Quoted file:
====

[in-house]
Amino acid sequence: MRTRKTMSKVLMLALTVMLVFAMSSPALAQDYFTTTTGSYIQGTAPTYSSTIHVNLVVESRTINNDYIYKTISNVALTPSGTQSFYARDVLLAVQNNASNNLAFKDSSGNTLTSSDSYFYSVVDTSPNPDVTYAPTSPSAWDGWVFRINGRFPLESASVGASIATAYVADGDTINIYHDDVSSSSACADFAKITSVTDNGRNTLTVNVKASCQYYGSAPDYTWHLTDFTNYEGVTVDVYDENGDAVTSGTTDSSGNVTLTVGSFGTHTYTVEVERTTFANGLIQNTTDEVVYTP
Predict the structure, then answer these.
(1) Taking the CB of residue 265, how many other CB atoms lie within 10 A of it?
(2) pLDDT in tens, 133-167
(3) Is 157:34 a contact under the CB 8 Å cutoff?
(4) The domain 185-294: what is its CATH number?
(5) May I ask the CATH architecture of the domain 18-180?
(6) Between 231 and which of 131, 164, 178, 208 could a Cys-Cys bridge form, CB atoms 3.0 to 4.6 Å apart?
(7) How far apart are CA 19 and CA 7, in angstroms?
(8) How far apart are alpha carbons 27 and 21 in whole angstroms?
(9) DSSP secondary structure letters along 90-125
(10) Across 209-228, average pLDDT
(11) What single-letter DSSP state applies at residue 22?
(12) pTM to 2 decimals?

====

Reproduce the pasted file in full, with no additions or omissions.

[in-house]
Amino acid sequence: MRTRKTMSKVLMLALTVMLVFAMSSPALAQDYFTTTTGSYIQGTAPTYSSTIHVNLVVESRTINNDYIYKTISNVALTPSGTQSFYARDVLLAVQNNASNNLAFKDSSGNTLTSSDSYFYSVVDTSPNPDVTYAPTSPSAWDGWVFRINGRFPLESASVGASIATAYVADGDTINIYHDDVSSSSACADFAKITSVTDNGRNTLTVNVKASCQYYGSAPDYTWHLTDFTNYEGVTVDVYDENGDAVTSGTTDSSGNVTLTVGSFGTHTYTVEVERTTFANGLIQNTTDEVVYTP
Predict the structure, then answer these.
(1) Taking the CB of residue 265, how many other CB atoms lie within 10 A of it?
(2) pLDDT in tens, 133-167
(3) Is 157:34 a contact under the CB 8 Å cutoff?
(4) The domain 185-294: what is its CATH number?
(5) May I ask the CATH architecture of the domain 18-180?
(6) Between 231 and which of 131, 164, 178, 208 could a Cys-Cys bridge form, CB atoms 3.0 to 4.6 Å apart?
(7) How far apart are CA 19 and CA 7, in angstroms?
(8) How far apart are alpha carbons 27 and 21 in whole angstroms?
(9) DSSP secondary structure letters along 90-125
(10) Across 209-228, average pLDDT
(11) What single-letter DSSP state applies at residue 22?
(12) pTM to 2 decimals?